Alumni Short
Kelsey Baldwin ’14 and Ari Diaconis ’14 Receive Fraser Prizes Ithaca, NEW YORK, October 25, 2013

Kelsey Baldwin ’14 and Ari Diaconis ’14 have been named the first- and second-place recipients of the 2013 Fraser Prizes. A gift of William Metcalf, Jr., LL.B. 1901, in memory of former Cornell Law librarian Alexander Hugh Ross Fraser, the prizes are awarded annually to two third-year students who exemplify superior scholarship. 

“The Fraser Prize is an unusual one in that both the faculty and the students are involved in the selection,” notes Anne Lukingbeal, Associate Dean and Dean of Students. The third-year class votes for the recipients from a list of ten candidates submitted by the faculty. She adds, “Both of the students selected this fall have accomplishments which make them excellent recipients of the Fraser Prize.”

Baldwin is a senior notes editor on the Cornell Law Review. During her first year at the Law School, she was the winner of the Langfan Moot Court Competition, and during her second year, she served as a tutor and a Lawyering Honors Fellow. Diaconis is an articles editor on the Cornell Law Review, has participated in both the Cornell Prison Education Teaching program and the Securities Law Clinic, and was the runner-up in the Langfan Moot Court Competition during his first year.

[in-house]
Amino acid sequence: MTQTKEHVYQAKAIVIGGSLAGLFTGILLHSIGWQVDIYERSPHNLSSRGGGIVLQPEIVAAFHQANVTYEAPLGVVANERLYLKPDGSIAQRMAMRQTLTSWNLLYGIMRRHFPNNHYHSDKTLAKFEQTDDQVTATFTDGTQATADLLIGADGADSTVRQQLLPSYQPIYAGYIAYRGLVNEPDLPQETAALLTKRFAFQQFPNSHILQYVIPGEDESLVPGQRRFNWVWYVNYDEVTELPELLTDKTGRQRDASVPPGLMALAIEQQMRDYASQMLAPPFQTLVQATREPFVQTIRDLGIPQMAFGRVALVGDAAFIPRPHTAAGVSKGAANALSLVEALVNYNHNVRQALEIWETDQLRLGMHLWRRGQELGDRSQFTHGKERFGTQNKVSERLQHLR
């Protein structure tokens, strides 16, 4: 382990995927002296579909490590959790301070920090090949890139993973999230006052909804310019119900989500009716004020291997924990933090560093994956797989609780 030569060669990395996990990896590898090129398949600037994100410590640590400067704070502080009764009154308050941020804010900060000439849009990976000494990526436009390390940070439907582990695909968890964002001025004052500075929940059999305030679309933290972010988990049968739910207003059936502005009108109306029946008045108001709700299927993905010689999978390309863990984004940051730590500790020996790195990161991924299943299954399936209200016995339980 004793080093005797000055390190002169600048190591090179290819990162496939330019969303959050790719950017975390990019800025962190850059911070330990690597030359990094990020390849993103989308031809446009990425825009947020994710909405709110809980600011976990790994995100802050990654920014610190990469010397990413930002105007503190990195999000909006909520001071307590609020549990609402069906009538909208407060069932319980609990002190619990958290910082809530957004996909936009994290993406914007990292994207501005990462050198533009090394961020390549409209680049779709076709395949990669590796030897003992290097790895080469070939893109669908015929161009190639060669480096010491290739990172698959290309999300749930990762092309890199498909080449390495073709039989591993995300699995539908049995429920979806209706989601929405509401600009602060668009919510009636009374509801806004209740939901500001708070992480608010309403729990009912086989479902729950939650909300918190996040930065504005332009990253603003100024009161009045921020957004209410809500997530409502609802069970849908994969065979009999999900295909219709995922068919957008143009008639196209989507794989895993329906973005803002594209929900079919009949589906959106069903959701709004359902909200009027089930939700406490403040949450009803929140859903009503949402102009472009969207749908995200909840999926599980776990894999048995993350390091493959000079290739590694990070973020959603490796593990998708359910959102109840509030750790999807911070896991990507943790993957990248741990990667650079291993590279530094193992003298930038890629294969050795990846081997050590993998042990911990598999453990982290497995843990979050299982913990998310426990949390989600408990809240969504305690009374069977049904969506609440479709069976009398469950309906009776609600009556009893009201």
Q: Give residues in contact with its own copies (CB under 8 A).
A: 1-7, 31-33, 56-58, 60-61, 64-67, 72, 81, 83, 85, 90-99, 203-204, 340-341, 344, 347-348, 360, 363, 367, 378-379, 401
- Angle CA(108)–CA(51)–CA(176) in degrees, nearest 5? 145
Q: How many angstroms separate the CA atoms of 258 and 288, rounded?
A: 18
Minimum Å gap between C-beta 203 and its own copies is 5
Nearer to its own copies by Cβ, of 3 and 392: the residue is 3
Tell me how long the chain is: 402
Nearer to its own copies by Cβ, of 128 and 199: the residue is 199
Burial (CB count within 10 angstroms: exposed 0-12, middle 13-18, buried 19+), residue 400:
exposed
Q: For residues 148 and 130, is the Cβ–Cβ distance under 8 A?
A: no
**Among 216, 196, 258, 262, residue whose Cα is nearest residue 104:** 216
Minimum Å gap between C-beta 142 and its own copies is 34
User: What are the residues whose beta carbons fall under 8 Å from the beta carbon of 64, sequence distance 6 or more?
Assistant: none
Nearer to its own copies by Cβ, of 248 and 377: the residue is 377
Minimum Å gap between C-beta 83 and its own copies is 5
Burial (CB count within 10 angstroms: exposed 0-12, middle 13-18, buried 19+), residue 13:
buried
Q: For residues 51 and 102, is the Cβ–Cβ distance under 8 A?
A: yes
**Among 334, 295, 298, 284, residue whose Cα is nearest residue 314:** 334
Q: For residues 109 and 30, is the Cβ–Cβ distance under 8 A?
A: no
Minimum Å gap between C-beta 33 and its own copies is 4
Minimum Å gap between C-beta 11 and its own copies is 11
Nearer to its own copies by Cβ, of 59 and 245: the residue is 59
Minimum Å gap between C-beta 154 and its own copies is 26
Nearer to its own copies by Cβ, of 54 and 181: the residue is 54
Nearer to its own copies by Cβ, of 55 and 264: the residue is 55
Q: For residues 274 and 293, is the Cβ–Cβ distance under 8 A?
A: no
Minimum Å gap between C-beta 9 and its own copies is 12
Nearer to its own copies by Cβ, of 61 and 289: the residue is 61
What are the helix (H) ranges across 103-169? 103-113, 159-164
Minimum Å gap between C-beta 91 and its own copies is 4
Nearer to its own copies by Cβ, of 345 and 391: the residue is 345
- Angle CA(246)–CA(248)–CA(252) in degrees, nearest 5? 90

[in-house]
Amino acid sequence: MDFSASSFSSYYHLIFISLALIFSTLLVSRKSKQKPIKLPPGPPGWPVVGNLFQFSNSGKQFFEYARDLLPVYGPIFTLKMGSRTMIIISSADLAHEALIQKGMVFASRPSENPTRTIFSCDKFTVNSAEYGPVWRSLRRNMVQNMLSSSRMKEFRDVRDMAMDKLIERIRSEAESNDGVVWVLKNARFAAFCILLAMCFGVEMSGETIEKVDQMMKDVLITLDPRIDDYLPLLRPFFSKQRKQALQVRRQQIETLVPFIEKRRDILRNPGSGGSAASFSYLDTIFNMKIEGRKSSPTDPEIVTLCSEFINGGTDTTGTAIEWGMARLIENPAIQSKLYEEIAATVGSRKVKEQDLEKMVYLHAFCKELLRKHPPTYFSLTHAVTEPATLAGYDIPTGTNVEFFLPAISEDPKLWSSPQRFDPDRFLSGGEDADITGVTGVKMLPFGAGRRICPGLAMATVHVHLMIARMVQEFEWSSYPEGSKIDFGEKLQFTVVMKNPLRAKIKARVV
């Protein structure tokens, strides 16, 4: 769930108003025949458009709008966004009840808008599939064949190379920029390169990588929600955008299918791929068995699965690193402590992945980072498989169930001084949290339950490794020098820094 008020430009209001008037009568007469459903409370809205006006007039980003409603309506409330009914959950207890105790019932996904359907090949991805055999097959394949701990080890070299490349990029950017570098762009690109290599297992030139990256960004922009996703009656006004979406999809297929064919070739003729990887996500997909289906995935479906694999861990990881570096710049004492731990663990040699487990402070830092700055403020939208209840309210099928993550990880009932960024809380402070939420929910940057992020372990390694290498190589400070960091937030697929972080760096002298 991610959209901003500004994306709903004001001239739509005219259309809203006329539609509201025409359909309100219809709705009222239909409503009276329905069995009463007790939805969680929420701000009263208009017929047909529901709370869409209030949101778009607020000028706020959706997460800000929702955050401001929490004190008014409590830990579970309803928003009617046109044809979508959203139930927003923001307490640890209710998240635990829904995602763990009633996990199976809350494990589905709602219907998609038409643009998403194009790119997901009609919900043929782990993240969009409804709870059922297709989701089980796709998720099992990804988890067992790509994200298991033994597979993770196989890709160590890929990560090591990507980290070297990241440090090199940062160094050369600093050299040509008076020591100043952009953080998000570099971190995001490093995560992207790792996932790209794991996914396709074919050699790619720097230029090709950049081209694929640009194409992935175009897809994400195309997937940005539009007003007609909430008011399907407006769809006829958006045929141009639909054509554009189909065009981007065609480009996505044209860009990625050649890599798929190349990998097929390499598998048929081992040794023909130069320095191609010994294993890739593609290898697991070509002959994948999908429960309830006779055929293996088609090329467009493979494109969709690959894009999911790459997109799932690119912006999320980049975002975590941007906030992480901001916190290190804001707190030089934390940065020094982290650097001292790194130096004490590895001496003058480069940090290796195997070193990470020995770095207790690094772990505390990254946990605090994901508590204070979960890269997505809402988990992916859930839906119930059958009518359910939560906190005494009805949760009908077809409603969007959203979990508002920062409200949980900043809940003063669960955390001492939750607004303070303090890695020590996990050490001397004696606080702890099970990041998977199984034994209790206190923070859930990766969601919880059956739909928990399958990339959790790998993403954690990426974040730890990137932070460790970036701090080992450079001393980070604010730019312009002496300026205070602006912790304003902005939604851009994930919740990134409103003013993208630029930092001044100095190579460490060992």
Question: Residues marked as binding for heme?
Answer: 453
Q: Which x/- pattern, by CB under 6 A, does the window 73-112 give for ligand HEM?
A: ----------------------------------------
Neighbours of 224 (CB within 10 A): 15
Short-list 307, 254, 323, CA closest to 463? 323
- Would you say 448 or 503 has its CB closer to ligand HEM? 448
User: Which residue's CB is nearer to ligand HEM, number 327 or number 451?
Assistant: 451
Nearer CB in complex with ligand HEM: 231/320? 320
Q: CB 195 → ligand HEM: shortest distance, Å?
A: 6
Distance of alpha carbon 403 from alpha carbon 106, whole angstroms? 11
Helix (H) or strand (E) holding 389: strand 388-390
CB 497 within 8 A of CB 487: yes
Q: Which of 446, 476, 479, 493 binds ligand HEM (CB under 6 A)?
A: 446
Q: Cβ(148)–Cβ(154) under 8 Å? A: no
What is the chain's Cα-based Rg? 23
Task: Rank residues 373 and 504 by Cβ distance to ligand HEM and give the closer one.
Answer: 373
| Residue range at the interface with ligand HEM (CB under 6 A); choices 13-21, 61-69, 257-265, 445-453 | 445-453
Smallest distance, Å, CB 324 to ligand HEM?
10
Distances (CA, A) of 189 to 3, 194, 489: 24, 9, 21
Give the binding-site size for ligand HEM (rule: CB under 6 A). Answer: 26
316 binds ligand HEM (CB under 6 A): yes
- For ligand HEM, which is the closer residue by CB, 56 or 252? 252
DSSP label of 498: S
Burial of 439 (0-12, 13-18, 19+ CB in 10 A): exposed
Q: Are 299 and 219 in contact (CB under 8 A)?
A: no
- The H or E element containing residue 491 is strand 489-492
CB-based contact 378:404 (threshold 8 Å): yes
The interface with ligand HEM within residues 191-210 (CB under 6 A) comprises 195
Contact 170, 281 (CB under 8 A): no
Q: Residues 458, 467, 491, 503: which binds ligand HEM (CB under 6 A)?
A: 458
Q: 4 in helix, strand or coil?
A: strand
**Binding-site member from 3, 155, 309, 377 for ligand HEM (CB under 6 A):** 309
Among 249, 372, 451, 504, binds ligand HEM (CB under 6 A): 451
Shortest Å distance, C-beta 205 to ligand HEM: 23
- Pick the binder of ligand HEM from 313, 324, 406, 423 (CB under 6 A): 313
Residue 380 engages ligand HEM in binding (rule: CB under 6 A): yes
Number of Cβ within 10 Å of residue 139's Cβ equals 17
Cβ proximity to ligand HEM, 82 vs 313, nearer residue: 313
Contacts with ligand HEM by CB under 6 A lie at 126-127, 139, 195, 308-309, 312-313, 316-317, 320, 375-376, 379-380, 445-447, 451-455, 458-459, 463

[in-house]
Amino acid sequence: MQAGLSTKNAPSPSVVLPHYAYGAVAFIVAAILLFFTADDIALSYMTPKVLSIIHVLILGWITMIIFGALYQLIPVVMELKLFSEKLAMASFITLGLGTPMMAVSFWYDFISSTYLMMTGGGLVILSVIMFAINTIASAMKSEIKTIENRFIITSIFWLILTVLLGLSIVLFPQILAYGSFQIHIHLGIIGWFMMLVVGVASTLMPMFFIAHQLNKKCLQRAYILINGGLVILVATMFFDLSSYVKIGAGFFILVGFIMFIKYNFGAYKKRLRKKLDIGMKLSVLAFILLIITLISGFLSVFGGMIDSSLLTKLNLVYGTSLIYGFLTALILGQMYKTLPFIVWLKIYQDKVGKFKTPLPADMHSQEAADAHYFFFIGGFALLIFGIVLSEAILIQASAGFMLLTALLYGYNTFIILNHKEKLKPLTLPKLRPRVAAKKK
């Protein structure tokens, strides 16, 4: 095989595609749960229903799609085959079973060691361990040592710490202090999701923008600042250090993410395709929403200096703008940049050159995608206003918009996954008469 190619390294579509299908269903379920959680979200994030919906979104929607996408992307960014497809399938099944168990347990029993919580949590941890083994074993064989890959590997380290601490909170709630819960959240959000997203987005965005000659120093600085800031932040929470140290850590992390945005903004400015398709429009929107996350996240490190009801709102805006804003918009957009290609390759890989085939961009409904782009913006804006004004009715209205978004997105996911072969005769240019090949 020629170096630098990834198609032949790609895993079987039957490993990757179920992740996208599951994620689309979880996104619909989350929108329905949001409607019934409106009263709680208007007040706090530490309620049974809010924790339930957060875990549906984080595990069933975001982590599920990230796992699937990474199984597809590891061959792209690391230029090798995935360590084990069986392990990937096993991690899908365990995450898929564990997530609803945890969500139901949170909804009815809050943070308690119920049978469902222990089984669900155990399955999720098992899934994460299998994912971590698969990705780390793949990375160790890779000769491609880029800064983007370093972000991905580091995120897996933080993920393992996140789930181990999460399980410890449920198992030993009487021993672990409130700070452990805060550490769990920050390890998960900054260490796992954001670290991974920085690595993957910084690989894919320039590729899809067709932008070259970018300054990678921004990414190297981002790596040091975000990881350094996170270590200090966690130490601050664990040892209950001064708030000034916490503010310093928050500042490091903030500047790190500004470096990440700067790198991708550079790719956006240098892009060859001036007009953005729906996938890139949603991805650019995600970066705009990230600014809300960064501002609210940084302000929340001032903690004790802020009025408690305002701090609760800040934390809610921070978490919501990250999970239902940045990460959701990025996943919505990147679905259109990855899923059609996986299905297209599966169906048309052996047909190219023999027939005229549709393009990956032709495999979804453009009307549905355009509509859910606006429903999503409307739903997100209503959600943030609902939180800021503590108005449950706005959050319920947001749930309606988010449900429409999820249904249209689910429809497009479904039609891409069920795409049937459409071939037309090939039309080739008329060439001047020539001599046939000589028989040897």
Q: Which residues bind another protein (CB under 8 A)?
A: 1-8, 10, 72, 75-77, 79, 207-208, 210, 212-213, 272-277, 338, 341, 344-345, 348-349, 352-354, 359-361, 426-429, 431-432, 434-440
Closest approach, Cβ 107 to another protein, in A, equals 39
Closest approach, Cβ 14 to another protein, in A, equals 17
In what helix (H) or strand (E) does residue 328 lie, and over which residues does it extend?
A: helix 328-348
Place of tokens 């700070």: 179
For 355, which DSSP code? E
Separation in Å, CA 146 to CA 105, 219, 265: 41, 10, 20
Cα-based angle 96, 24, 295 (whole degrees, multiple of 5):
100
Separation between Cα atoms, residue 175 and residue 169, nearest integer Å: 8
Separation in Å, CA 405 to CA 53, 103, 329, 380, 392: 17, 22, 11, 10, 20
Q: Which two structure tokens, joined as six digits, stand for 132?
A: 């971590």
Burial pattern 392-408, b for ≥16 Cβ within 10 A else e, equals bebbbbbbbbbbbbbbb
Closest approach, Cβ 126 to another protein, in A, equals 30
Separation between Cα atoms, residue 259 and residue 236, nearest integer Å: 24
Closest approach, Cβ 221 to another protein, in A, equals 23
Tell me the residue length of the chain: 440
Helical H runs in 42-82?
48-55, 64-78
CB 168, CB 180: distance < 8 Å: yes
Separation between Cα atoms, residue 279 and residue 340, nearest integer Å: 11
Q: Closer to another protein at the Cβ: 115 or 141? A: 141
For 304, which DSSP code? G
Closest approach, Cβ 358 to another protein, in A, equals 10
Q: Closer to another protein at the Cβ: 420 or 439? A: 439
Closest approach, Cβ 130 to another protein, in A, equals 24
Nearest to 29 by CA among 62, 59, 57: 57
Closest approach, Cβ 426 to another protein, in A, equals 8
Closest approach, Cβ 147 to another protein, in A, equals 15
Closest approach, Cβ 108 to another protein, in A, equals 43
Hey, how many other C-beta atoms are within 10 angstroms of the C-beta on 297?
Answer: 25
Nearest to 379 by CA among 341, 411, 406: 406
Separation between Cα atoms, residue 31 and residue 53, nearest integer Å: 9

“My professors have challenged me and supported me since my first day as a 1L,” says Baldwin. “Moreover, I’ve been absolutely blown away by the intellect, passion, and warmth of my classmates. To be recognized by such an outstanding group of people makes me feel both profoundly honored and humbled.” After graduating in the spring, Baldwin will begin work at Sullivan & Cromwell in New York City.

Receiving one of the Fraser Prizes is an honor,” says Diaconis. After graduation, he will clerk for Judge Edward R. Korman of the U.S. District Court for the Eastern District of New York and then expects to join the litigation department at Sullivan & Cromwell. “There's a group of extremely intelligent and hard-working students here at Cornell, and it's nice to know they value my participation as much as I value theirs.” 

–Owen Lubozynski